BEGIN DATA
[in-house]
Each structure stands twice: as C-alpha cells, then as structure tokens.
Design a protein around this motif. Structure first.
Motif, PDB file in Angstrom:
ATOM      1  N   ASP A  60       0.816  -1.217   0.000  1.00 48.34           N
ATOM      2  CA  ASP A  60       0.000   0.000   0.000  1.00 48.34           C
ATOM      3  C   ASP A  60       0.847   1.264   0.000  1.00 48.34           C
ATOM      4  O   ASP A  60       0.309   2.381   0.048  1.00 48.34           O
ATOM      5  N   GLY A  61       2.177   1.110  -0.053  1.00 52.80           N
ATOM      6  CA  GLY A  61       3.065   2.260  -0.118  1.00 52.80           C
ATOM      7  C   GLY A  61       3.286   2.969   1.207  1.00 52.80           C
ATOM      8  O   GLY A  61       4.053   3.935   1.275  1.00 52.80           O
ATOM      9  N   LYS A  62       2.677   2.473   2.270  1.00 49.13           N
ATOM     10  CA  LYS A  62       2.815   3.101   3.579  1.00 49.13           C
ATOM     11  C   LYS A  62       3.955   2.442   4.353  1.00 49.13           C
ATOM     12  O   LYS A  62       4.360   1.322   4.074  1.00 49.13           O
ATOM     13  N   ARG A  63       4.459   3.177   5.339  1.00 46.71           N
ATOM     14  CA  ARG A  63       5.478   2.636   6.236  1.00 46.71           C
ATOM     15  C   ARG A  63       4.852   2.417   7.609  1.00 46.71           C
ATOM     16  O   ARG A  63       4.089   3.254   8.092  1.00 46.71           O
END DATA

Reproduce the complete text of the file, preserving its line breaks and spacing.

[in-house]
Each structure stands twice: as C-alpha cells, then as structure tokens.
Design a protein around this motif. Structure first.
Motif, PDB file in Angstrom:
ATOM      1  N   ASP A  60       0.816  -1.217   0.000  1.00 48.34           N
ATOM      2  CA  ASP A  60       0.000   0.000   0.000  1.00 48.34           C
ATOM      3  C   ASP A  60       0.847   1.264   0.000  1.00 48.34           C
ATOM      4  O   ASP A  60       0.309   2.381   0.048  1.00 48.34           O
ATOM      5  N   GLY A  61       2.177   1.110  -0.053  1.00 52.80           N
ATOM      6  CA  GLY A  61       3.065   2.260  -0.118  1.00 52.80           C
ATOM      7  C   GLY A  61       3.286   2.969   1.207  1.00 52.80           C
ATOM      8  O   GLY A  61       4.053   3.935   1.275  1.00 52.80           O
ATOM      9  N   LYS A  62       2.677   2.473   2.270  1.00 49.13           N
ATOM     10  CA  LYS A  62       2.815   3.101   3.579  1.00 49.13           C
ATOM     11  C   LYS A  62       3.955   2.442   4.353  1.00 49.13           C
ATOM     12  O   LYS A  62       4.360   1.322   4.074  1.00 49.13           O
ATOM     13  N   ARG A  63       4.459   3.177   5.339  1.00 46.71           N
ATOM     14  CA  ARG A  63       5.478   2.636   6.236  1.00 46.71           C
ATOM     15  C   ARG A  63       4.852   2.417   7.609  1.00 46.71           C
ATOM     16  O   ARG A  63       4.089   3.254   8.092  1.00 46.71           O